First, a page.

CLS students rally to support program


By Lenny Wroge

"Support Chicano/Latino studies," student Edgar DeLeon told a crowd gathered outside the student center celebrating the kick off of Latino Heritage Month.

Even though festivities seemed pretty upbeat, students are afraid budget cuts will harm their academic program.

DeLeon said the students are prepared to fight so these programs stay in the community.

Between performances, DeLeon spoke to the audience about how Chicano/Latino studies, a 7-year-old program, has helped people of all ethnic backgrounds understand the state’s fastest-growing population.

CLS has no full-time faculty of its own. Classes are taught by professors from various departments, including history and political science. The fear is that cuts to other areas will leave professors without the time needed to continue their commitment to CLS.

UNO’s proposed budget cuts won’t become official until mid-November but have created some disappointment and anger among students on campus.

The budget cuts have caught some students off guard. Some students said they had no knowledge of the proposed budget cuts or the impact.

Although not all the students were aware of the cuts, it has been the topic of some discussion for administration since late July when Gov. Mike Johanns revealed the possibility of an additional $20 million in budget cuts to the University of Nebraska.

Now that more students are becoming aware of the recent cuts, many feel the need to voice their disapproval.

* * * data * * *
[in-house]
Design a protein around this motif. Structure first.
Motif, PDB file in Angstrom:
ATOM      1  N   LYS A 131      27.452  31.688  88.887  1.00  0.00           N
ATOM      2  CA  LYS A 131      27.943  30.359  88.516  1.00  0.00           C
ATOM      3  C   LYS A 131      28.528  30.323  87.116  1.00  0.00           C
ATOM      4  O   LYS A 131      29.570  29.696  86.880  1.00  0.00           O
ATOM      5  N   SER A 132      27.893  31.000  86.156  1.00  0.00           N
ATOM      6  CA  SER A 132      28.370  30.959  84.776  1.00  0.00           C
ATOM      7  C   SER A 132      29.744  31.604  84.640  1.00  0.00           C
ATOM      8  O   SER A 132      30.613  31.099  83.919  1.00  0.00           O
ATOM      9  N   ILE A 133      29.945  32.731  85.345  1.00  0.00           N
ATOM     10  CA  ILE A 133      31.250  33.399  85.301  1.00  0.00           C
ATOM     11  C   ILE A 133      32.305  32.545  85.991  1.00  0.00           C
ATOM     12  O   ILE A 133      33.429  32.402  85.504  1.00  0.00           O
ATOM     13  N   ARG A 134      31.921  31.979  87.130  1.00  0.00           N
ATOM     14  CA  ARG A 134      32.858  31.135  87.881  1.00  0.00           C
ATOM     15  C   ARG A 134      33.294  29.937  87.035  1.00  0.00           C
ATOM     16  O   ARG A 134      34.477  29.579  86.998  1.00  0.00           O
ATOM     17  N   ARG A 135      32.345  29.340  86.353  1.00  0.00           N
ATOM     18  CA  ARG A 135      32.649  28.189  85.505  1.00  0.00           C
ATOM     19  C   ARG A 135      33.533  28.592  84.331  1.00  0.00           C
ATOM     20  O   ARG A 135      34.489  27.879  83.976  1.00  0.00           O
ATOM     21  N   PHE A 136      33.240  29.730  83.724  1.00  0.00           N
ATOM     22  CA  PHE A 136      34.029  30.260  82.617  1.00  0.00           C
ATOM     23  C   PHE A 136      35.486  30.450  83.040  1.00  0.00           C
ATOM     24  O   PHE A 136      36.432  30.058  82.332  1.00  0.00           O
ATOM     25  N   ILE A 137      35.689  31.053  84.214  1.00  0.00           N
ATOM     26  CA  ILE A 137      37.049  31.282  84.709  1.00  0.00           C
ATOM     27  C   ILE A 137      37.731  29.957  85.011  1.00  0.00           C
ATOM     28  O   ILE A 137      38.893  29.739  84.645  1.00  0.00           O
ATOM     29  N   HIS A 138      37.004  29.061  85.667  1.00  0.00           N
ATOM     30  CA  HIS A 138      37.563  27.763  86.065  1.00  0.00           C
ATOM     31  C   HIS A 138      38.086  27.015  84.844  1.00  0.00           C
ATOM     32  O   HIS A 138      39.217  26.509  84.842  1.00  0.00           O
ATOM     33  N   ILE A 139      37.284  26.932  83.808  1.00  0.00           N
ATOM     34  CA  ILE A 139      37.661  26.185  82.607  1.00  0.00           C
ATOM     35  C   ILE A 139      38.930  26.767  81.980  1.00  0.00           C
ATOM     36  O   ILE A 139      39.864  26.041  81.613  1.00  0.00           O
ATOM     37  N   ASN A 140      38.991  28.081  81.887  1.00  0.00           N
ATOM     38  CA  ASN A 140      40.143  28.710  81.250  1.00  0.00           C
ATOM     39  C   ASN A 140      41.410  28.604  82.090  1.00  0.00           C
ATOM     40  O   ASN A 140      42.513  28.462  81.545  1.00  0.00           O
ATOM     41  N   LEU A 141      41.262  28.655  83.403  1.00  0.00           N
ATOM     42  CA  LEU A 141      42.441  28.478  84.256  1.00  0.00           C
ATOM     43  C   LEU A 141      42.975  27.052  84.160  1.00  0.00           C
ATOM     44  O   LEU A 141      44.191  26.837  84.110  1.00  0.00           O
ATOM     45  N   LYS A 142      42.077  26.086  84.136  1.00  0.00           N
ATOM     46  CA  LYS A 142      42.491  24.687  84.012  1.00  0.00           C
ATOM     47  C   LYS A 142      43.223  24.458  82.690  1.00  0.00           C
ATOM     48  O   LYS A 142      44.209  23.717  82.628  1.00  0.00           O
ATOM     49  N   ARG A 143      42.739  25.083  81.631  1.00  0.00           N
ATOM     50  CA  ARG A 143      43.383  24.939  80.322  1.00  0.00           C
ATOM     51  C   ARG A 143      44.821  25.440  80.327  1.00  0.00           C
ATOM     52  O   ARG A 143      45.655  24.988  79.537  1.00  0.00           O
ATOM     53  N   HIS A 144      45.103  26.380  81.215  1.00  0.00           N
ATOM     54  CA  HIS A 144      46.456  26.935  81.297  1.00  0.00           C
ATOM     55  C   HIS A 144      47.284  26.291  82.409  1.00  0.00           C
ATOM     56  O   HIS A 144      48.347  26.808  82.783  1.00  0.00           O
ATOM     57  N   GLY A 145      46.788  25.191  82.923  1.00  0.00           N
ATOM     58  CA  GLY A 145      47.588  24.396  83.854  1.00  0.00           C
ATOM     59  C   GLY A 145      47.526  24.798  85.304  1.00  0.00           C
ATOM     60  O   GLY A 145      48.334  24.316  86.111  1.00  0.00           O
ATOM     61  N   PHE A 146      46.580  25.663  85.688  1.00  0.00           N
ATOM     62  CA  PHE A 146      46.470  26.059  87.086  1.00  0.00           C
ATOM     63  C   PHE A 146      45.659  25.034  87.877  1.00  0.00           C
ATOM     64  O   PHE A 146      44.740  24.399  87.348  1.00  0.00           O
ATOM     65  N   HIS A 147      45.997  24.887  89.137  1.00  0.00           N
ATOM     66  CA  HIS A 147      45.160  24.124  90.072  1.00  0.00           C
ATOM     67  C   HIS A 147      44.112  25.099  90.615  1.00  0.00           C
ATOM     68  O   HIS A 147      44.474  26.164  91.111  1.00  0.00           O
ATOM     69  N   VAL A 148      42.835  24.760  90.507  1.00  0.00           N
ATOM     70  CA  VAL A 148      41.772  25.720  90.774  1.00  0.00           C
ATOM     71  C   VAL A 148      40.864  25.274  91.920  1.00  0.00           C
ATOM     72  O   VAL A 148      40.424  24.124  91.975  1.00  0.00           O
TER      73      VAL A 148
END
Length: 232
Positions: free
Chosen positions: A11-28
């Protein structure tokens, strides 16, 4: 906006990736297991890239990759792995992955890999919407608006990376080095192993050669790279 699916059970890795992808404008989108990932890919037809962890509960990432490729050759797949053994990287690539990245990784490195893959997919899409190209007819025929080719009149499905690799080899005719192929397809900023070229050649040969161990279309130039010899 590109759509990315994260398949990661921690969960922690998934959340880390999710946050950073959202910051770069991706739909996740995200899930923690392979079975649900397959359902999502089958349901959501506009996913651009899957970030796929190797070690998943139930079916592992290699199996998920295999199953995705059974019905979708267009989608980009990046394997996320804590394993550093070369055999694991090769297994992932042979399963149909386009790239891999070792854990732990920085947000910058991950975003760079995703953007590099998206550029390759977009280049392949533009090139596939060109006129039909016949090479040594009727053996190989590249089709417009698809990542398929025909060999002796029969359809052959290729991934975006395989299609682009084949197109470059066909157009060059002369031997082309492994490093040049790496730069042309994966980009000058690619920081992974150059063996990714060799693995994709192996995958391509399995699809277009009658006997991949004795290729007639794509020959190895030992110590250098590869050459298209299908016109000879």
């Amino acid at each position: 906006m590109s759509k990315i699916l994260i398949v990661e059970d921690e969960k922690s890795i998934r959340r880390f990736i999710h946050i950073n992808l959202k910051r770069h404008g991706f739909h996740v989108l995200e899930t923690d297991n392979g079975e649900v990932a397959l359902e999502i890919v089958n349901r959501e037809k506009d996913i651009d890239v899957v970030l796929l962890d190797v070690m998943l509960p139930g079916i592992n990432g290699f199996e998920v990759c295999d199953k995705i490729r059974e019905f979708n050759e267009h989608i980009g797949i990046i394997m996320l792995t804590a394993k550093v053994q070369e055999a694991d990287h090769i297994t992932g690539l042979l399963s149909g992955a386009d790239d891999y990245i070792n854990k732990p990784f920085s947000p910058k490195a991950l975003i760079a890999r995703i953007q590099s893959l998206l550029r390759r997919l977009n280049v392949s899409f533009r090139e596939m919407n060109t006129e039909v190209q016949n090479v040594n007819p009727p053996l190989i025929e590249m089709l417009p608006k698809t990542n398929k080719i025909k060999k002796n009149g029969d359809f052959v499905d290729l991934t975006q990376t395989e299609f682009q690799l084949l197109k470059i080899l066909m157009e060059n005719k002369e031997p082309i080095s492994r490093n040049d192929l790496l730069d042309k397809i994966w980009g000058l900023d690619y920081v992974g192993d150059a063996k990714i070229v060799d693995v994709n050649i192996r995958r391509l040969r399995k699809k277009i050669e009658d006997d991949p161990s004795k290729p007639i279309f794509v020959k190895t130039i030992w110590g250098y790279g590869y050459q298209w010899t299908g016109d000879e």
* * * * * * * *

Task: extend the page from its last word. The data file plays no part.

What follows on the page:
"We as students will not tolerate it," said DeLeon, a senior who took part in last Monday’s Hispanic Heritage Month performance.

DeLeon also plans to take his plea for the continuation of CLS to the university administration by asking for equal funding.

He said the proposed budget cuts do not reflect the university’s mission statement.

The program would like the university to fulfill their commitment to the UNO mission which, among other things, states "it has a special responsibility to use its resources and expertise to provide leadership in solving problems of the community and supporting its social, cultural and economic advancement."

Some UNO students have expressed concerns that the cuts may also effect the quality of the education provided on campus.

With the proposed trimming down of some of the vital programs, many feel as though they are being directly affected.

Student Dan Lowe not only fears the cuts will affect his tuition, but the quality of his education as well.

"It won’t be as diverse in the learning experience," Lowe said.



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